TSTMy birthday is now three weeks behind me.   Yet, I find myself continuing to think about … and yes, here on Top Sites Tuesday #256, write about … being seventy.  Some might say I’m obsessed with being seventy but the truth is, I’m just astonished to be here so quickly.  And, as an observer of life, I’m intrigued by how it feels.   The most common reaction of friends and family to my septuagenarian rants is something to make me feel better like, You’re only as old as you feel.  Having never been seventy, I haven’t a clue how seventy should feel, so that doesn’t help much.  I can tell you for sure, it feels no different than sixty-nine and quite a bit different than sixty-four, my age when I started Older Eyes – Bud’s Blog.  How?  Let me bring in an outside expert to explain it to you.


How Far and How Fast

September 3, 2013

TSTThirty years ago, my wife, Muri, made the mistake of referring to me as a jogger.  At the time, I was running about 25 miles a week, swimming 4 or 5, and and biking 50.  I’m not a jogger, I told her, I’m an athlete.  Arrogance comes easy for forty-something men.   Not so much for sixty-something men, especially when the something is nine and my exercise consists mostly of walking, although I still occasionally drag out my old Panasonic bike for a few miles around the park.   One habit that hasn’t changed from my running days, though, is that I still like variety on my walks so I don’t know the distance along my routes.  So, this week, I tried a couple Android apps to keep track of my distance.  There are two ways to go: the smartphone version of the old-fashioned pedometers that count steps and multiply by an average step length to get distance; and the modern version, which determines distance from GPS. (more…)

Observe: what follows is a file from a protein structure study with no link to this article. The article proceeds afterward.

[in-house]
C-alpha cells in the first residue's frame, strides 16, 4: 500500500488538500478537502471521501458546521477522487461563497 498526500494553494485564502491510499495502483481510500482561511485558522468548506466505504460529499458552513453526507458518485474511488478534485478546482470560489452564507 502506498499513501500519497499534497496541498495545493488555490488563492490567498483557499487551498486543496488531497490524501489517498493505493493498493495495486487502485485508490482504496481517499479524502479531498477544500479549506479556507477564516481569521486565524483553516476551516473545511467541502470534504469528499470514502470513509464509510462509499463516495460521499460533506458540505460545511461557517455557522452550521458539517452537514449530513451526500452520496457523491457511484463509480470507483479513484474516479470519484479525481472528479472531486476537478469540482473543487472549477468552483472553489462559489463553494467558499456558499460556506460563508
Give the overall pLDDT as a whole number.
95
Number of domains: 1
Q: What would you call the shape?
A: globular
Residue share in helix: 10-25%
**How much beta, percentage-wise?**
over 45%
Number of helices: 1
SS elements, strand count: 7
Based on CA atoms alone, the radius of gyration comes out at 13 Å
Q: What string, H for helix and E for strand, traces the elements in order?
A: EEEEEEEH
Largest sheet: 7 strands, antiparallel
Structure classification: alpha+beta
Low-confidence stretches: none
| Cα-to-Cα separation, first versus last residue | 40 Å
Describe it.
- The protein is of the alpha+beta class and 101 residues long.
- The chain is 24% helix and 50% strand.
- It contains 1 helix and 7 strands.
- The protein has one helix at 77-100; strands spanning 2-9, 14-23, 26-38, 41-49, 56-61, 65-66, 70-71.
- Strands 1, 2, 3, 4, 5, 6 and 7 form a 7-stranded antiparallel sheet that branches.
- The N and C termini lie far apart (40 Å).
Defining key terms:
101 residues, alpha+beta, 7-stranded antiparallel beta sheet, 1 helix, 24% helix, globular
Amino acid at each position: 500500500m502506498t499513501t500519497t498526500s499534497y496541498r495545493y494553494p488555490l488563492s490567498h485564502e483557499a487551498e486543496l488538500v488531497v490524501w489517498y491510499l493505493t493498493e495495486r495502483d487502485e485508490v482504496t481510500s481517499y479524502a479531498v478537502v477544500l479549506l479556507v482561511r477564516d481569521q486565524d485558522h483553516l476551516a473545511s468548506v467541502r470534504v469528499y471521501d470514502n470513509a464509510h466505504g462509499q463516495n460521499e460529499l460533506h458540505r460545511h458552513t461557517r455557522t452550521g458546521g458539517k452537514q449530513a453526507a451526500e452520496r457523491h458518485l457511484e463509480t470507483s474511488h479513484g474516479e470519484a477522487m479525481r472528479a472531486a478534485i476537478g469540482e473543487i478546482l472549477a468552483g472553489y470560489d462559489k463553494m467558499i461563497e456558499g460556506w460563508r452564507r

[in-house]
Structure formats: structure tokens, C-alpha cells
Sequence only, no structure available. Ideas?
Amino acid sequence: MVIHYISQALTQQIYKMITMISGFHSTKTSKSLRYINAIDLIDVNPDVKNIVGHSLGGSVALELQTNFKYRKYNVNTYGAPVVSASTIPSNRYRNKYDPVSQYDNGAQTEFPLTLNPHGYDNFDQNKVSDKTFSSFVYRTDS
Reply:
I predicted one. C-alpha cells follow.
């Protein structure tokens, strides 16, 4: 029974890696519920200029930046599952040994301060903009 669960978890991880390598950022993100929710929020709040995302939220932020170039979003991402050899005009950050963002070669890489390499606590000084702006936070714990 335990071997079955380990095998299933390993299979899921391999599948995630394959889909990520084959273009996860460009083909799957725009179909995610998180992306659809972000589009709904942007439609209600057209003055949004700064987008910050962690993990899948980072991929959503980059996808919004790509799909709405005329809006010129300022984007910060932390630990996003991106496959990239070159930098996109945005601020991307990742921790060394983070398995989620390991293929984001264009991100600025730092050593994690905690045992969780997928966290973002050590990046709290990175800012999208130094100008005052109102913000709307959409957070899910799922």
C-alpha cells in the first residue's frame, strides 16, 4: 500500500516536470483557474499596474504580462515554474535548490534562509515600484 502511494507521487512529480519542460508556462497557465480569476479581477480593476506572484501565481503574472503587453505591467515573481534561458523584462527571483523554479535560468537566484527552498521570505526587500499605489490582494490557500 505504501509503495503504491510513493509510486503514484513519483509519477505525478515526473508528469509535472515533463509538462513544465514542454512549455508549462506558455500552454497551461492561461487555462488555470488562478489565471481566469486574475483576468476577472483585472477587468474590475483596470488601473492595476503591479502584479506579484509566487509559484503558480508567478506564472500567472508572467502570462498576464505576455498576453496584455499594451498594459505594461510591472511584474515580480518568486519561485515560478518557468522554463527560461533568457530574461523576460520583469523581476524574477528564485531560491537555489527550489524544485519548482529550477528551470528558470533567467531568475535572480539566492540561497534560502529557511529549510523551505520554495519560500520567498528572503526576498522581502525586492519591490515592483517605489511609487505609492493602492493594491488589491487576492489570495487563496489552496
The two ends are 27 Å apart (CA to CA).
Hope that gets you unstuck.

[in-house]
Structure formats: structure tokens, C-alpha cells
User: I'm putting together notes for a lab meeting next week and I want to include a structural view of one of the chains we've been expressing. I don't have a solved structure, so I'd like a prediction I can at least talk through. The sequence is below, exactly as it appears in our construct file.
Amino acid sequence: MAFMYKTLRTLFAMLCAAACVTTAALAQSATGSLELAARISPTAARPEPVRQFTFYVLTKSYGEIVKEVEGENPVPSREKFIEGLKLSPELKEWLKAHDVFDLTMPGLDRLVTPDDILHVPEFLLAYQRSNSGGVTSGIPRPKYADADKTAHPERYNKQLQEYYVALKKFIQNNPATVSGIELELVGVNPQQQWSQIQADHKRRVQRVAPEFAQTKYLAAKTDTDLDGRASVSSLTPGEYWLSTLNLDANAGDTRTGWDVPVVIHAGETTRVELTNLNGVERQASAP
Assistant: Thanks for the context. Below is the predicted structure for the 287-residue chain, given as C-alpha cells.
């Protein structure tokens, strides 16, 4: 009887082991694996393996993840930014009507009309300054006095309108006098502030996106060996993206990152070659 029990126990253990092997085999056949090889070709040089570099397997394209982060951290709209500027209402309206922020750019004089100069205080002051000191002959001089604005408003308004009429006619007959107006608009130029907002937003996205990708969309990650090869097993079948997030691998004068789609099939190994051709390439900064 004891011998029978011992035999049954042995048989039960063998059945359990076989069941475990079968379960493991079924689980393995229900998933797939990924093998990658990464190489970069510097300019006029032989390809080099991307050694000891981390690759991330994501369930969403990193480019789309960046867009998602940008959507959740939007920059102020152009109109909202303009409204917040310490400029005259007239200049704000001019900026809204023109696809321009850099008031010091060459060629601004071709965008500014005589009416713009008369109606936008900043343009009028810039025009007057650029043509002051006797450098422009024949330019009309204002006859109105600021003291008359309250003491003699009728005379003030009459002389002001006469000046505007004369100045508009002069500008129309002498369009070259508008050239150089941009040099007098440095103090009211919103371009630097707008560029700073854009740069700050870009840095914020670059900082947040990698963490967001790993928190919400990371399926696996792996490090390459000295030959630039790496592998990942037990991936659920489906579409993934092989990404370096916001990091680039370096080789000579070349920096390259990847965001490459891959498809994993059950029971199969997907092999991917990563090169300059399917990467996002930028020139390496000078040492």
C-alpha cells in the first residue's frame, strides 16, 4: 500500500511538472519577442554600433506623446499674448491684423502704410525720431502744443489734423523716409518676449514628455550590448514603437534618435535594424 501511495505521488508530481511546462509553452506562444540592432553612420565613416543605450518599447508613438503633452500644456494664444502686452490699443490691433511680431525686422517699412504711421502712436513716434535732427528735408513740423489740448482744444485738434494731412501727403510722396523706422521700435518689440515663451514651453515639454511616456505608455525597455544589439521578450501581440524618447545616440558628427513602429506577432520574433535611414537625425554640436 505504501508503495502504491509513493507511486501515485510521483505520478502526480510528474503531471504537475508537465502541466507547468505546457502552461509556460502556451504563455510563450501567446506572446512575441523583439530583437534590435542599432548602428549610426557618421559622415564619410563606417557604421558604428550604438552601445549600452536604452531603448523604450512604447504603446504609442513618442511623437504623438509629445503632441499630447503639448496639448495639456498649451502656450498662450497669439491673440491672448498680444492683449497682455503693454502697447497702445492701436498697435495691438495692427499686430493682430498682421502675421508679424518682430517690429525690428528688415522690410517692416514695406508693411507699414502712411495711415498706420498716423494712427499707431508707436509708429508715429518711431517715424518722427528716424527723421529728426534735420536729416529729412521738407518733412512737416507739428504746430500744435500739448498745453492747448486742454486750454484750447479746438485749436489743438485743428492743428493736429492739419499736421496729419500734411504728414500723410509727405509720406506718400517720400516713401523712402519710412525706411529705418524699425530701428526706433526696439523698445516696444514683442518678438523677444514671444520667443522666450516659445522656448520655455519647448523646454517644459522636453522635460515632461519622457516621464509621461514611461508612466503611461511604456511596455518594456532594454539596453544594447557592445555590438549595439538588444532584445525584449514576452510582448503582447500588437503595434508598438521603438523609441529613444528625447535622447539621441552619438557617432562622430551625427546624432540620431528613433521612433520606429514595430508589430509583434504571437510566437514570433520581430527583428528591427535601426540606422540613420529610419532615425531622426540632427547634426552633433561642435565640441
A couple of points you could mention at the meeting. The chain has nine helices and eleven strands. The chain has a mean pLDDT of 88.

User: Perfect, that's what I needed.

Walkers and Hoppers

May 31, 2011

Memorial Day weekend signals the unofficial beginning of summer here in Socal, which is when My Park becomes The Park. With school out, bevies of mothers bring their children to the park for play groups, Mommy and Me Boot Camps and stroller-jogging.  I love the kids, except when they chase my ducks, but the Moms?  Let’s just sat that a substantial percentage of North Orange County moms think the birth of their baby gave them special rights on the park trails … one of which is never having to move over for anything, especially old guys on bikes. And that’s not the worst of it. Weekends bring Weekend Walkers. Weekend Walkers travel in packs of two to five … and they don’t so much walk as stroll. I don’t object to (more…)

Monday Smiles – 1/10/2011

January 10, 2011

When I was in my forties, the arrival of the New Year meant getting serious about training for the Long Beach Marathon, getting my Saturday run along the Santa Ana River trail up over twenty miles.   Back then, I was insulted if someone called me a jogger instead of a runner, and although I sometimes ended up walking during the final miles of a marathon, as regular exercise, I thought walking was for old people.  It turns out I was right.  For the last two weeks I’ve been trying to keep the Great Unspoken Resolution that so many of us make but don’t tell … you, know – eat better, exercise, lose weight.  I’ve started The 10-Minute Total Body Breakthrough (more…)